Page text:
If you’ve ever gotten a wax, you know how amazing smooth, hair-free skin feels afterwards. But sometimes, those silky results come with an unpleasant side effect: ingrown hairs. I deal with ingrown hairs all the time, so I wanted to share what I’ve learned about how to prevent and treat them.
Ingrown hairs can be itchy, painful, and just downright annoying. The good news is, with proper aftercare, you can minimize ingrown hairs and even treat them at home when they do pop up. In this article, I’ll explain what causes ingrown hairs, how to prevent them next time you wax, and most importantly – how to find relief when they inevitably occur.
What Are Ingrown Hairs?
First, let’s cover the basics. An ingrown hair occurs when the freshly cut or shaved hair starts to grow back into the skin, instead of rising up and out of the follicle. The hair then becomes trapped underneath the skin, unable to pierce through the surface. This causes inflammation, redness, and even infection in severe cases.
Waxing can increase the occurrence of ingrown hairs for a few reasons:
- The hair is ripped out at the skin level, leaving a sharp tip that can easily grow back downward into the follicle.
- Dead skin cells and oils build up in the open hair follicle, blocking the path for new hair growth.
- Some hairs may get broken off at the skin’s surface during waxing, leaving them extra prone to growing inward.
Preventing Ingrown Hairs Before Your Next Wax
While ingrown hairs are very common post-waxing, there are some things you can do to reduce the risk:
Properly Prep Your Skin
Be sure to prep your skin properly before waxing to avoid trapping hairs under dead skin cells and debris:
- Cleanse and exfoliate to remove any dirt, oil, or product buildup.
- Soak in a warm bath if possible to open up hair follicles.
- Make sure hair length is appropriate – 1/4 inch for body waxing.
Watch for Early Signs
Keep an eye out for any red or inflamed spots that develop in the first 24-48 hours after waxing. Early intervention can help prevent a full-blown ingrown hair.
Proper Post-Wax Care
Be diligent about proper aftercare to allow hairs to grow out normally:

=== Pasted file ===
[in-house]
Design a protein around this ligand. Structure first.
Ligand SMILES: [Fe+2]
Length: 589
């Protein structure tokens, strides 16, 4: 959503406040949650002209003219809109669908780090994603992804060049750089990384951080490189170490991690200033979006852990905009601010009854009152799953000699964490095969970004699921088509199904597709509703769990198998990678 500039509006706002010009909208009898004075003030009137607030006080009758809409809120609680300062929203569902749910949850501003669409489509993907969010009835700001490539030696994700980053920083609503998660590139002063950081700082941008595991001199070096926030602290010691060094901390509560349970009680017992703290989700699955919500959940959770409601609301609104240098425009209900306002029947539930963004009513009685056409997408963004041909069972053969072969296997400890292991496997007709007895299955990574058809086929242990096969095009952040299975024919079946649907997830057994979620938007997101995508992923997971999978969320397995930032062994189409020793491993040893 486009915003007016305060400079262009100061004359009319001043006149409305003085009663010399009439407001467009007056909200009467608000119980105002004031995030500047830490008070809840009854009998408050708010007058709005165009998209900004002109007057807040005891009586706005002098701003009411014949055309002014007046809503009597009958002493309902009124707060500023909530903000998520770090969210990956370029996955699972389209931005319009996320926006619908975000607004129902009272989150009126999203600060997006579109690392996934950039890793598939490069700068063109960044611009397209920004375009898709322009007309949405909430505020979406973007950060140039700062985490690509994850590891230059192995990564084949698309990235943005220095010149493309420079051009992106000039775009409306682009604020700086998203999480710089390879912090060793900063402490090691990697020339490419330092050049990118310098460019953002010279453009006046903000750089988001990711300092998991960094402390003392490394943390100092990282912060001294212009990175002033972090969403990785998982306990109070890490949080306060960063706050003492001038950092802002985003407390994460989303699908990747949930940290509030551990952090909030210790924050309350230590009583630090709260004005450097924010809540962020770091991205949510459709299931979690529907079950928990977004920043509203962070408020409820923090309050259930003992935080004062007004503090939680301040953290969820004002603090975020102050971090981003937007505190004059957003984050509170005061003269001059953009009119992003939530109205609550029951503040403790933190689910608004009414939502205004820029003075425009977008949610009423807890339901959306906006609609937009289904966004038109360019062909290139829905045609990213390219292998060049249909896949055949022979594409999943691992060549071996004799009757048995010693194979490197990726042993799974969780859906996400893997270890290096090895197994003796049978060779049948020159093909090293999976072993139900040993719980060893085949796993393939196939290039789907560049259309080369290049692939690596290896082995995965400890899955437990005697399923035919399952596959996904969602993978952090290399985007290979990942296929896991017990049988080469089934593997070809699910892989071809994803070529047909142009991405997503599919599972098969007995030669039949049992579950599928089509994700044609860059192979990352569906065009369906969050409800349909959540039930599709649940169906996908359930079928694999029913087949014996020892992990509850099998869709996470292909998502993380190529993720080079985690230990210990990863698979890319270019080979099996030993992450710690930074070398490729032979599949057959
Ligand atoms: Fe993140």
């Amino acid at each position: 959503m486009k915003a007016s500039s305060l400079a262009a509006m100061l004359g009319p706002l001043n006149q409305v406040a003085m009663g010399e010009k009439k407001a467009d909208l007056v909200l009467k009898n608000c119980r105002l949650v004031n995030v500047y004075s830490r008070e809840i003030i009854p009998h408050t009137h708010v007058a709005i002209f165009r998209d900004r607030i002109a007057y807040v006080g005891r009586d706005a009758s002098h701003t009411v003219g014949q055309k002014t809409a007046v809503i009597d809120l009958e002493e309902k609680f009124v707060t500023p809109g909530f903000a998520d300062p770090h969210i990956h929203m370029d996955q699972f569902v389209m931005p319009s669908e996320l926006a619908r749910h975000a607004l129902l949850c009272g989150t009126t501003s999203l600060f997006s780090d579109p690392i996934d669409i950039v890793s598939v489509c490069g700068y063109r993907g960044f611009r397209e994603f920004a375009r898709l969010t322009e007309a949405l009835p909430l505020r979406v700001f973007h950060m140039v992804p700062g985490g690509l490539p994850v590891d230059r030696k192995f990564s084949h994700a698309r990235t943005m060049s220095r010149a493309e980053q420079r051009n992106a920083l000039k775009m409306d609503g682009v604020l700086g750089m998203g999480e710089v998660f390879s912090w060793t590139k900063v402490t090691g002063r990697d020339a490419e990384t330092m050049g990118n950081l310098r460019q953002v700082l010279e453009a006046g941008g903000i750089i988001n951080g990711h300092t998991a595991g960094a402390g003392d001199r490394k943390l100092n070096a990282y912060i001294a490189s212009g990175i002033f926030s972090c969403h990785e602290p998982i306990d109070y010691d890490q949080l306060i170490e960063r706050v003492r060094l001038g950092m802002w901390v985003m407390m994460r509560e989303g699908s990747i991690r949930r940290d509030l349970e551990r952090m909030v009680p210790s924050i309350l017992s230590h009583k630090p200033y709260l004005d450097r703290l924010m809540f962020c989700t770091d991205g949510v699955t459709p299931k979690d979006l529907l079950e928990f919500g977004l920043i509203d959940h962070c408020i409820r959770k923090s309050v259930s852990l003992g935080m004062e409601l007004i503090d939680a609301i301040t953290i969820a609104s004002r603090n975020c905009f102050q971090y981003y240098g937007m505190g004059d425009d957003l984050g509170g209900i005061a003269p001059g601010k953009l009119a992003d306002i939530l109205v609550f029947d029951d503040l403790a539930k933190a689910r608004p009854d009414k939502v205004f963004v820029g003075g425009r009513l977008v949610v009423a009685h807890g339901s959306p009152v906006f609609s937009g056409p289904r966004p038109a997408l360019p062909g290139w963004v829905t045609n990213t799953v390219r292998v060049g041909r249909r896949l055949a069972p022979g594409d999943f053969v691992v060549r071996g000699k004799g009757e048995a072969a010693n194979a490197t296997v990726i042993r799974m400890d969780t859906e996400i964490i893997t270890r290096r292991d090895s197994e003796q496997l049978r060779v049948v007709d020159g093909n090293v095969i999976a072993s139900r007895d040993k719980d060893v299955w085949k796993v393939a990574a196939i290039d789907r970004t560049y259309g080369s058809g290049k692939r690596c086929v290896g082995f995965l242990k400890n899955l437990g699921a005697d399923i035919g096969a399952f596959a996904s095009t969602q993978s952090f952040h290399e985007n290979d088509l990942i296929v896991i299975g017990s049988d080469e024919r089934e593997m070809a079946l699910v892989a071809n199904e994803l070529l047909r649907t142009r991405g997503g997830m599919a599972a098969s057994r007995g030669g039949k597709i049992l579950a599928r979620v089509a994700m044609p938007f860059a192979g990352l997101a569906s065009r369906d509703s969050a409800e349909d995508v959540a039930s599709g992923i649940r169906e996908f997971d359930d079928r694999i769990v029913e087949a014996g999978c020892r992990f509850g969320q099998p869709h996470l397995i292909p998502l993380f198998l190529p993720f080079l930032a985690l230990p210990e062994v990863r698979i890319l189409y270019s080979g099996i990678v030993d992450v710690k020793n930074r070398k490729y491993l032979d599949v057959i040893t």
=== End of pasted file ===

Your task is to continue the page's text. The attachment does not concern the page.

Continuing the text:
- Avoid tight clothing that could rub against tender skin.
- Use a gentle cleanser and moisturizer made for sensitive skin.
- Exfoliate gently a few days later to clear dead skin cells.
Treating Ingrown Hairs at Home
Even with great pre- and post-waxing care, ingrown hairs sometimes sneak through. Here are some tips for treating them at home:
A warm compress helps soften skin and brings trapped hairs to the surface. Hold a warm, damp washcloth on ingrown spots for 10 minutes 2-3 times per day.
Gently slough off dead skin cells by massaging the area with a warm washcloth, dry brush, or chemical exfoliant. This helps free trapped hairs.
Extract the Hair
Using sterile tweezers, try gently lifting the curled hair out of the skin. Avoid plucking it out completely. Clean the tweezers with rubbing alcohol first to prevent infection.
Over-the-counter creams with salicylic acid or retinoids can help clear inflammation and loosen ingrown hairs. Use for a few days along with warm compresses. See my picks for the best ingrown hair creams.
When to See a Professional
Most ingrown hairs resolve within a few days with at-home care. But if symptoms persist or worsen, it’s time to see a dermatologist. Signs that professional help is needed include:
- Intense itching, burning, or pain
- Redness and inflammation spreading beyond the hair follicle
- Pus, ooze, or bleeding
- Visible infection
- Scarring or dark marks left behind
A doctor can safely extract more severe ingrown hairs, prescribe stronger topical medications, or administer cortisone shots to reduce swelling. Laser hair removal may be an option if ingrown hairs are a constant problem for you.
Should You Stop Waxing if You Get Ingrowns?
Ingrown hairs are par for the course with waxing, especially for those with curly or naturally coarse hair. While bothersome, ingrown hairs don’t necessarily mean you have to give up waxing completely. Just be diligent about proper prep and aftercare.
If you find ingrown hairs are too much to deal with, you may want to try alternatives like threading or sugaring. These pull hair from the root like waxing, but tend to cause less irritation for some people. Discuss the pros and cons with your aesthetician.
Tips to Prevent Ingrown Hairs After Waxing
Here are a few more tips to keep in mind post-wax to avoid ingrown hairs:
- Avoid tight, synthetic fabrics that can irritate skin.
- Refrain from heavy sweating for 24-48 hours.
- Schedule waxing appointments 1-2 weeks after your period, when pain tolerance is higher.
- Apply aloe vera gel after waxing to soothe skin.
- Wear sunscreen if spending time outside to prevent hyperpigmentation.
The Takeaway: Proper Post-Wax Care Prevents Ingrown Hairs
Dealing with ingrown hairs is just part of the waxing process for many of us. With diligent pre- and post-waxing skin care, most ingrowns can be avoided or resolved quickly at home.
Remember to exfoliate and moisturize before waxing, cleanse gently afterwards, and use warm compresses and over-the-counter creams at the first sign of irritation. This should help keep those prickly hairs at bay!
However, if symptoms are severe or persist longer than a few days, it’s best to have a dermatologist remove the ingrown hair and recommend treatment options. Don’t be afraid to wax again – just be prepared with proper aftercare to keep skin smooth and healthy.